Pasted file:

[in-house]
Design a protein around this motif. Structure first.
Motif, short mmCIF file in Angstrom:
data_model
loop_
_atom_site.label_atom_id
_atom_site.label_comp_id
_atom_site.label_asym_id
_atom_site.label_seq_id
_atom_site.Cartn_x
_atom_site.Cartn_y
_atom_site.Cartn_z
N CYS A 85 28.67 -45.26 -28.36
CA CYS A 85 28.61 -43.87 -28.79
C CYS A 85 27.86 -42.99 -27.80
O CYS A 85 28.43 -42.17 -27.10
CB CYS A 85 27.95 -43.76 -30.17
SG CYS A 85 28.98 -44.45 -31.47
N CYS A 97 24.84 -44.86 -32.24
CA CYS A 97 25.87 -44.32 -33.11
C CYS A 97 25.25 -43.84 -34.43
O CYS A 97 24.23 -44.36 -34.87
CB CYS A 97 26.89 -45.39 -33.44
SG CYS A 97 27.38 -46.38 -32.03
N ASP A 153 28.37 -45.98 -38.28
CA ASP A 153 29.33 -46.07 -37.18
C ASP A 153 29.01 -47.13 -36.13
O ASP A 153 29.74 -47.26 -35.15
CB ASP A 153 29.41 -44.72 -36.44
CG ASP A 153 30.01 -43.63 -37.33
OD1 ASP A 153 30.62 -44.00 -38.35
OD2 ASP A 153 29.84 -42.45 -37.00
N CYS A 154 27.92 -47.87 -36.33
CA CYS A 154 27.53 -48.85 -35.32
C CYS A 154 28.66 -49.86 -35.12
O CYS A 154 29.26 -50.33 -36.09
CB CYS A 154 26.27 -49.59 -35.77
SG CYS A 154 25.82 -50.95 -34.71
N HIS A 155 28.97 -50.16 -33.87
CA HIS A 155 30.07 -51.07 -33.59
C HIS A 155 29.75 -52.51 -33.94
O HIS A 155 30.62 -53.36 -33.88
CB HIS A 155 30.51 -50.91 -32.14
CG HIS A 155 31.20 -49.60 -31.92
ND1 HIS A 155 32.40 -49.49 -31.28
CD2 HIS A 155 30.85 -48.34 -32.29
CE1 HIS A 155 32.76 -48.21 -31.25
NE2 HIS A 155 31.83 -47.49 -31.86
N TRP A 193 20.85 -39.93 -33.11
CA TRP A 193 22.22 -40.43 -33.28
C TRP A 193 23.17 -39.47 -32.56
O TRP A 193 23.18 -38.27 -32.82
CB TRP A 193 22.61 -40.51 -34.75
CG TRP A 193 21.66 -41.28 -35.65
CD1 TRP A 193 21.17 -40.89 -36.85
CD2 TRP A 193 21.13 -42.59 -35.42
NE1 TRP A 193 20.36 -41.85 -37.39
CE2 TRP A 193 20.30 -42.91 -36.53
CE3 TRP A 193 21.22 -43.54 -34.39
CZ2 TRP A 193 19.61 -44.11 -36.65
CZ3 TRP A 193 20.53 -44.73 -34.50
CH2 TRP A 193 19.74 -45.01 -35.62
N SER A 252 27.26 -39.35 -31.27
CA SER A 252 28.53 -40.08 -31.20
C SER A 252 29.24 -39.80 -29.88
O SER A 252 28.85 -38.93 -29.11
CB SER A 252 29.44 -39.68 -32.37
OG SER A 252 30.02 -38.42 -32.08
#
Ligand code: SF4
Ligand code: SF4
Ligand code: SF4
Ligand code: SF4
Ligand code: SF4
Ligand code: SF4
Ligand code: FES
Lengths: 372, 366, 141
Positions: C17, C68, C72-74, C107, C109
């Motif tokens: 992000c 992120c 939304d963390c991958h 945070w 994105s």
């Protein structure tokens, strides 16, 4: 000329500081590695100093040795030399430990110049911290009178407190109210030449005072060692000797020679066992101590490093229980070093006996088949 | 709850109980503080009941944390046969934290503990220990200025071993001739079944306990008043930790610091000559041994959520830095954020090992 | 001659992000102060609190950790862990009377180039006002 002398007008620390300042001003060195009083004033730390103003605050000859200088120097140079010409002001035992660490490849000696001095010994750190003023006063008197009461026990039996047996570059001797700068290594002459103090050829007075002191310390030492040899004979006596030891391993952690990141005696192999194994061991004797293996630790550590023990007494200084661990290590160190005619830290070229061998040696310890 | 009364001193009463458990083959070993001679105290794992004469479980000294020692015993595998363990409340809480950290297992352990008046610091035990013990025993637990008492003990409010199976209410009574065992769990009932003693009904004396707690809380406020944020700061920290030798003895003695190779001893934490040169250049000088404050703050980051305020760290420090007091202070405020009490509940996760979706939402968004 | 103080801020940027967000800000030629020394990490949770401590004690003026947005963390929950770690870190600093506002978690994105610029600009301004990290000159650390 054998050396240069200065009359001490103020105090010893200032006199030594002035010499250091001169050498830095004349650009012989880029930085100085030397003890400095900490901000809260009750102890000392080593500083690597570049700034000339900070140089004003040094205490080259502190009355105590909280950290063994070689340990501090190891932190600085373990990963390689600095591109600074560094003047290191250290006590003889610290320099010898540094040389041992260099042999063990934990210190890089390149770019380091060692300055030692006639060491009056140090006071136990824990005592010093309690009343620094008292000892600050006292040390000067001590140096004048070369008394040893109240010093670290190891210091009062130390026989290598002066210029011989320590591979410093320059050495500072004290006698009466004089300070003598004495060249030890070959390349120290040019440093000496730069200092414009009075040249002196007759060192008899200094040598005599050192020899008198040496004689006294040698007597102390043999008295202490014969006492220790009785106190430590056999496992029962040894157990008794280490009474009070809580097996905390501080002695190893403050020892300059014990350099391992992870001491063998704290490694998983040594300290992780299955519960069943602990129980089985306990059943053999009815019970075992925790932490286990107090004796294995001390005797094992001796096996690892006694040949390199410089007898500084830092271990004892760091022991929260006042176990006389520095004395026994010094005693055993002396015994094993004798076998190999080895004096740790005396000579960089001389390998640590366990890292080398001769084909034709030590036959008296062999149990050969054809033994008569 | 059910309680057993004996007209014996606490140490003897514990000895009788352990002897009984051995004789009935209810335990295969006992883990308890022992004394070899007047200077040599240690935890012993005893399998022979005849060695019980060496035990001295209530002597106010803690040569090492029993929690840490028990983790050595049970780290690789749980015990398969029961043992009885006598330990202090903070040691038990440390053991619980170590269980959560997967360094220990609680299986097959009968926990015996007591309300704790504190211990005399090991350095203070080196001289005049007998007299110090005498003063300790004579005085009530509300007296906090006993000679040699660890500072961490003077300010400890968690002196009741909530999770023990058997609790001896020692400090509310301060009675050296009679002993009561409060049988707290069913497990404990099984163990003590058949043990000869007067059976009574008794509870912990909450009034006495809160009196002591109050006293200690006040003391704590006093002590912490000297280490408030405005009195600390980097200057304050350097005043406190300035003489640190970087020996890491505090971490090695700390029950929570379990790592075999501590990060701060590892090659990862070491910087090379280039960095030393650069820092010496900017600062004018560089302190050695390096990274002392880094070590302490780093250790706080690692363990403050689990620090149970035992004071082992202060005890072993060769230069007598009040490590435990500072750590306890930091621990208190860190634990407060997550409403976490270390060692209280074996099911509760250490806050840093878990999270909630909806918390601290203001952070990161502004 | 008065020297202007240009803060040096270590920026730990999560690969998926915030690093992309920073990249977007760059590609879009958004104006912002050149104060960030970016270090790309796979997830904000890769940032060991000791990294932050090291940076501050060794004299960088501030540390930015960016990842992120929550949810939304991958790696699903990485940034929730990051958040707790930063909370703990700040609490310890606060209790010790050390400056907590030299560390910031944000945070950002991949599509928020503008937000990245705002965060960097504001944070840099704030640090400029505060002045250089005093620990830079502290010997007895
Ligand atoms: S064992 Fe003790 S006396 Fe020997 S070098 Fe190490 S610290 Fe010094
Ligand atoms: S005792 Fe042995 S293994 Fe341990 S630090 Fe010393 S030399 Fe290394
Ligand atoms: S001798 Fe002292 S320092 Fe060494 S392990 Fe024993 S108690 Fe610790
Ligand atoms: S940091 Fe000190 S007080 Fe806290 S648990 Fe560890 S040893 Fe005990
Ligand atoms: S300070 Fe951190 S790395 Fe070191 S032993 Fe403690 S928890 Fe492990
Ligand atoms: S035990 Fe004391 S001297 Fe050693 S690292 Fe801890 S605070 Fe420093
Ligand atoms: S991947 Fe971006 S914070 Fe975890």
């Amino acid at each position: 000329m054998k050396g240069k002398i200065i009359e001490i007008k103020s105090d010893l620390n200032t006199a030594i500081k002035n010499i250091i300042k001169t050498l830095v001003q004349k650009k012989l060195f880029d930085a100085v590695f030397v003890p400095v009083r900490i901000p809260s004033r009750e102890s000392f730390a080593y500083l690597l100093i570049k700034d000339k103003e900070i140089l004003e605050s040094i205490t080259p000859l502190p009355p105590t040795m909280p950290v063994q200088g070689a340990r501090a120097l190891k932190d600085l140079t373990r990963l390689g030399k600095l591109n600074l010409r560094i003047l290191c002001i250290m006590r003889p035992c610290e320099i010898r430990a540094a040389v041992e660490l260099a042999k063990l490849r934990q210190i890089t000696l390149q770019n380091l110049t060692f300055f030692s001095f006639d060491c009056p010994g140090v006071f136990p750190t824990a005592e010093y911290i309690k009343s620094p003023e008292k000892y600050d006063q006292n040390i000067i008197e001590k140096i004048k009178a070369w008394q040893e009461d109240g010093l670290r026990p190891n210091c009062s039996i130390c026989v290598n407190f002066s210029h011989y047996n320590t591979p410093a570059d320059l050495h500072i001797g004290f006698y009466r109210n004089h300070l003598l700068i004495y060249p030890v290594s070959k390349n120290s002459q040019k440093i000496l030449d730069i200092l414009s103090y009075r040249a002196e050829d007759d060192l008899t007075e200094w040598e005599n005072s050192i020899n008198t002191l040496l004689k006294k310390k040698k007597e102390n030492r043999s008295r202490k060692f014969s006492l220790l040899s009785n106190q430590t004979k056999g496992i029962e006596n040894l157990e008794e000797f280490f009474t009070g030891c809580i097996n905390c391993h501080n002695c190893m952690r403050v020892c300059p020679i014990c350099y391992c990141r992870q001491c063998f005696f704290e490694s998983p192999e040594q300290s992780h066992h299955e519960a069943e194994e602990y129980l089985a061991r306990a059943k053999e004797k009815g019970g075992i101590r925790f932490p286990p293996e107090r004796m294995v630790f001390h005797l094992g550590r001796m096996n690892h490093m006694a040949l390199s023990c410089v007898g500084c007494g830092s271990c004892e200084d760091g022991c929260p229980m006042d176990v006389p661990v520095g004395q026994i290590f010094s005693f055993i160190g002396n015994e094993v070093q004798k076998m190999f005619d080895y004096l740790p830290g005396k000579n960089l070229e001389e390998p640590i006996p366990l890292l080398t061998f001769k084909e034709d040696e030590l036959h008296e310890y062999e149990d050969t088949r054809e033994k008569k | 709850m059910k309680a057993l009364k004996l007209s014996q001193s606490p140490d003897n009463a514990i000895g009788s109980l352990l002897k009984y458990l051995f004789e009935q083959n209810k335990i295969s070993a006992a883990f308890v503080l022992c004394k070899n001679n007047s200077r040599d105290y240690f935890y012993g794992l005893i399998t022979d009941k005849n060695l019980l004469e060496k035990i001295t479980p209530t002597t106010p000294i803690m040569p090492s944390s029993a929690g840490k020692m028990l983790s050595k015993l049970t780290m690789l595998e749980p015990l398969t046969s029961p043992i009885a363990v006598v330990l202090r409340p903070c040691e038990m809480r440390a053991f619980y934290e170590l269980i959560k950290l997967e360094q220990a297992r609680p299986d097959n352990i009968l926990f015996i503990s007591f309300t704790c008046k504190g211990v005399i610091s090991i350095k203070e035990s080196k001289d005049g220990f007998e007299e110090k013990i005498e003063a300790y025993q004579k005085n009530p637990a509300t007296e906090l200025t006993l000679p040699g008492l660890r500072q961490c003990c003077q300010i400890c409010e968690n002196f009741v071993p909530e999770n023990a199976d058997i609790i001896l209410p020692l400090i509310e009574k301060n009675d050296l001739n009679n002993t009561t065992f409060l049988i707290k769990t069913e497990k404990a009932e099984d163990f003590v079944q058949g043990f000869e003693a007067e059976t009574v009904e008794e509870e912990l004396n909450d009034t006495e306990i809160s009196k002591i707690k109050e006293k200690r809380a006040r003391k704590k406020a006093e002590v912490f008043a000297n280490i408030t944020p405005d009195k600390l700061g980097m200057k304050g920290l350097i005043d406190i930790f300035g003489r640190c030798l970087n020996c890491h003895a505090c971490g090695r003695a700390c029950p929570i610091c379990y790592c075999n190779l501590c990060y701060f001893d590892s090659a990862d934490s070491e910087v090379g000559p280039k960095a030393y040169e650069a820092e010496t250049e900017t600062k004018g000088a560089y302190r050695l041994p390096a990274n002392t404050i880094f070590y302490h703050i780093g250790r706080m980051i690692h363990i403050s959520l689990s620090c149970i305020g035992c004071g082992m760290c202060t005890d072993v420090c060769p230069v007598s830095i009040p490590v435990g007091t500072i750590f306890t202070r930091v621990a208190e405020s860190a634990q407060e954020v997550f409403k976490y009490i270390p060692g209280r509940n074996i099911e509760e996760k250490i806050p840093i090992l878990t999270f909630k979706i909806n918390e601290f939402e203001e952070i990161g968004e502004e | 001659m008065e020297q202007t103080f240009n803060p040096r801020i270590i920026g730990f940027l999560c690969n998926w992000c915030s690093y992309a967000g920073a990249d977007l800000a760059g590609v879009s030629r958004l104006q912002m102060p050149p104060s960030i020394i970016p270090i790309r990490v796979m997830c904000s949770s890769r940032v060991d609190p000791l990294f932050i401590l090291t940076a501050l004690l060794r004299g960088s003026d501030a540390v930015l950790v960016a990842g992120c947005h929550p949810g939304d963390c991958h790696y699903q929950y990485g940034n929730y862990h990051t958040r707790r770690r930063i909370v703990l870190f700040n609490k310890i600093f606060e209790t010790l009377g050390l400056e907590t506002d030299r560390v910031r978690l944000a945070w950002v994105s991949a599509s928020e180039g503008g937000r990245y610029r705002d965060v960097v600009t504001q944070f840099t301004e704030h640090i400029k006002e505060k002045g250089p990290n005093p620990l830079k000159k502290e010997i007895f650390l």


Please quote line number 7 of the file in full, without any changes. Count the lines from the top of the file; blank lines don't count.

_atom_site.label_comp_id